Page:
No words needed
Wrestler Virender Singh is India’s most successful deaf athlete, but he’s still struggling for a foothold.
Virender Singh can’t hear the morning call for training, but he’s up at 4am anyway. He’s almost always the first to wake up, the result of a finely-tuned inner clock, and it’s his job to rouse the other wrestlers at Delhi’s Chhatrasal akhara, or wrestling school.
By 4.30am, large, muscular silhouettes begin lining up in one corner of the stadium. One by one, a few of the floodlights begin to come on. The coach walks in. Virender does a silent count of the trainees and then claps once. The training begins.
Virender, 26, can’t hear or speak, but he sure can fight. He won India’s first and only gold medal at the 2005 Deaflympics in Melbourne, in 74-84kg freestyle wrestling, a silver medal at the second World Deaf Wrestling Championships in 2008 in Yerevan, Armenia, and a bronze at the 2009 Deaflympics in Taipei, Taiwan. On 7 September, he won a bronze at the 2012 World Deaf Wrestling Championships in Sofia, Bulgaria. That’s four medals at the only four international competitions Virender has fought in.
“Wrestling is my life,” he says through his interpreter. “This is my home.”
Chhatrasal akhara is where the current generation of India’s most successful wrestlers learnt their craft. Sushil Kumar, India’s only two-time individual Olympic medal winner, began his wrestling career here. So did Yogeshwar Dutt, bronze-medallist at the 2012 Olympics. It’s only natural that India’s most successful deaf athlete also calls it home.
“I used to wrestle with him when we were children,” Kumar says of Virender, “and I still train with him. As a wrestler he’s up there with the best. He can take on anyone, it doesn’t matter if they can hear and he can’t.”
In wrestling circles, Virender’s real name is lost. Everyone simply knows him as Goonga Pehelwan. This may seem politically incorrect, but few wrestlers or coaches are aware of that. To them, the name represents a badge of pride—there are other deaf wrestlers in India, but only one Goonga Pehelwan . A man who takes on non-disabled wrestlers in dangals (traditional wrestling competitions) and still wins.
“He may be deaf, but he has big ears,” says Dutt. In kushti (traditional Indian wrestling) parlance, this is the highest praise for a wrestler. Repeated impact injuries leave wrestlers with swollen or “cauliflower” ears. The common belief is that the bigger the ears, the better the wrestler.
Breaking down barriers
Born in 1986 in a village near Jhajjar in Haryana, Virender was brought to Delhi by his father Ajit in 1995 for medical treatment. Ajit was then a Central Industrial Security Force (CISF) jawan and a wrestler, and stayed at the CISF akhara in Delhi. While Virender was being treated for a recurring foot problem, Ajit’s friends advised him not to send his son back to the village.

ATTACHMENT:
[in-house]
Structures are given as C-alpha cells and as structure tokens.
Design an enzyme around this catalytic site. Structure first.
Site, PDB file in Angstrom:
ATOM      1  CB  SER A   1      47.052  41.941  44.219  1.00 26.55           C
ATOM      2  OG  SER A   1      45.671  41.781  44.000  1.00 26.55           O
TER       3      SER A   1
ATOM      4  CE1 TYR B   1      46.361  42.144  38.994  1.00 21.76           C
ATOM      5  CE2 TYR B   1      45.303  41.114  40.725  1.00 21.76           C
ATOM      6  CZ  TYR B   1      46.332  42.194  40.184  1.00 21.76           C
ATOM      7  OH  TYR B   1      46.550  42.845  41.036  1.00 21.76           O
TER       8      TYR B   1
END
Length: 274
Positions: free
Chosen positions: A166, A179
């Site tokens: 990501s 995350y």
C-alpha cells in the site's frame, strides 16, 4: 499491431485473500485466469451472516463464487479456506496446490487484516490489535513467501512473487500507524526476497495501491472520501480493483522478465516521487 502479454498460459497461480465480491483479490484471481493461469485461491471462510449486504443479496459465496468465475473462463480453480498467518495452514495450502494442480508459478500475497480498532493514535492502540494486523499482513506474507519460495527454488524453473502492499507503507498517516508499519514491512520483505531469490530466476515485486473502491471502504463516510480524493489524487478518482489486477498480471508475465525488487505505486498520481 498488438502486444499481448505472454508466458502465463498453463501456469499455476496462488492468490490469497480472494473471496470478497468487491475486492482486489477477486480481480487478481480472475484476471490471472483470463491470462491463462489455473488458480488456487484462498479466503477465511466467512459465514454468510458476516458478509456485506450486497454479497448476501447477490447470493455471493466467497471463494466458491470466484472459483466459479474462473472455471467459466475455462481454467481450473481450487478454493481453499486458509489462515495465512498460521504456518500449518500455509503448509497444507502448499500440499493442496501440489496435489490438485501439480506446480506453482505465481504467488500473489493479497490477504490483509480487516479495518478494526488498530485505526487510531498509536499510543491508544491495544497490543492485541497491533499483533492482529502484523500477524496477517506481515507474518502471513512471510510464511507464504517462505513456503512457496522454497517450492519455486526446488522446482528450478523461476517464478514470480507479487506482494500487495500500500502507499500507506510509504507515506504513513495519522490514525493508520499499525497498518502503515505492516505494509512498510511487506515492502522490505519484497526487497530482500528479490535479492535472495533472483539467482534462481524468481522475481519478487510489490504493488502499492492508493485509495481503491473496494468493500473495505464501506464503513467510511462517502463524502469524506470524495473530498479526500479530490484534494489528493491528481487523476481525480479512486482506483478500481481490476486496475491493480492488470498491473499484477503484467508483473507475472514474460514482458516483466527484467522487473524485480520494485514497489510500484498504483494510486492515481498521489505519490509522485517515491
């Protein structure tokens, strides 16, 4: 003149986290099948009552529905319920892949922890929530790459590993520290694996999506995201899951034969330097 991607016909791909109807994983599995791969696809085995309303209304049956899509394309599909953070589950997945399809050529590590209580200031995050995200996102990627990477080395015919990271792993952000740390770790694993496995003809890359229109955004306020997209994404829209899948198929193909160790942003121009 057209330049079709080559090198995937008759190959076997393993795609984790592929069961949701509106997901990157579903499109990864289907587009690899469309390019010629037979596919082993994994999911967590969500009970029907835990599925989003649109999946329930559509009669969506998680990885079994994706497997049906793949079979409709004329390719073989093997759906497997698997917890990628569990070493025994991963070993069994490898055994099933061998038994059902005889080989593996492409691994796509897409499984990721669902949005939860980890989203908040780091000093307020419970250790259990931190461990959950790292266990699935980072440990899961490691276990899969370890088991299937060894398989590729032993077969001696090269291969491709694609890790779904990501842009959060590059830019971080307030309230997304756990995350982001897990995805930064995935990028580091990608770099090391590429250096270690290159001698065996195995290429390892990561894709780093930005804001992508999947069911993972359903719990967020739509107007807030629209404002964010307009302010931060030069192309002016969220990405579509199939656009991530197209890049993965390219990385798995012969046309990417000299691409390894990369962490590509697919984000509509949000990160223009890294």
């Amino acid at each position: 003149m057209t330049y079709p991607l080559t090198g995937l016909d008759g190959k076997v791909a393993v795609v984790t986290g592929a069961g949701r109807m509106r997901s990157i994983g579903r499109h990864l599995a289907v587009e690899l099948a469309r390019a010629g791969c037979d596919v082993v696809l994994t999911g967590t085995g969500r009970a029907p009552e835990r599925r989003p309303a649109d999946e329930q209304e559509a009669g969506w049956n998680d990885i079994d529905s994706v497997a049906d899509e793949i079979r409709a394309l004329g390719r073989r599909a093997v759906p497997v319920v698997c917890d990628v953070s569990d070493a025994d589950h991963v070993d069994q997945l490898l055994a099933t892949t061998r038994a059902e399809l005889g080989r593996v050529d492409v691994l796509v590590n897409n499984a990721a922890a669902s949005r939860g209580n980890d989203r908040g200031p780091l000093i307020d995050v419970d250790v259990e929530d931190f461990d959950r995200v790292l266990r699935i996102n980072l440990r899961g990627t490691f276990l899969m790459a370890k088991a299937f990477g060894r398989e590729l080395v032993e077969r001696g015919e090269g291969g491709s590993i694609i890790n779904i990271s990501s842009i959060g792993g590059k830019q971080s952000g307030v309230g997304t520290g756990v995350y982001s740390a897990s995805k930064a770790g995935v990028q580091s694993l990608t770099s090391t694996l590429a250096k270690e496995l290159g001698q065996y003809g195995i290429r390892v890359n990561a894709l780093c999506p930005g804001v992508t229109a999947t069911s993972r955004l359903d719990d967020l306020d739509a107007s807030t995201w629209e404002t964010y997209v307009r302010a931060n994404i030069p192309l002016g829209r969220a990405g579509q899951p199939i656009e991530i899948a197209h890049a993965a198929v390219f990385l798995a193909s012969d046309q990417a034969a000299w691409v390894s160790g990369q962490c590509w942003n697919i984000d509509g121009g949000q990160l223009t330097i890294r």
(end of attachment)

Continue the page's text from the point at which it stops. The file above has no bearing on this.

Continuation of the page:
“What future does he have there, they asked me,” says Ajit, sitting inside an old and decrepit akhara tucked away in the chaotic by-lanes of Sadar Bazar in old Delhi. “They said, let him stay here at the akhara, and go to a proper school for the deaf.”
One day, while the wrestlers at the CISF akhara were in training, Virender stepped on to the mud platform and gestured for an opponent. Ajit’s colleagues got in the ring to humour him, but soon realized that there was more to the boy. “From that day on,” Ajit says, “my friend Surinder Dagar, who is also a pehelwan, started teaching him to fight.” In a few months, Surinder and Ajit realized that Virender had more talent than the humble CISF akhara could handle, so they took him to Chhatrasal.
Ajit says the family found out about Virender’s deafness when he was a year old. For years, they took the young boy to doctors, shamans, Ayurveda practitioners, even Baba Ramdev, who advised Kapalbhati (a yogic breathing exercise) twice a day. “He said it will cure Virender in a year,” Ajit says. “We never tried it. We stopped being concerned about his deafness, because we knew that God compensates. Look at him now. He’s stronger than anyone else in the family. He’s cleverer too. He’s the first one in the family who can use a computer and send messages on the phone.”
In 2001, a 16-year-old Virender was selected for the trials for the World Cadet Wrestling Championships. He came first in the trials, but the Wrestling Federation of India decided not to send him, say Virender and his coaches. “They told us that it’s not meant for people with disabilities,” Ajit says. Virender was heartbroken. He was ready to give up wrestling. “For years I had been watching other wrestlers going for tournaments, and I really thought I was going to go for this one,” Virender says. “I felt lonely and left out. I cried a lot. I asked myself what was wrong with me. I just did not understand why I could not go.”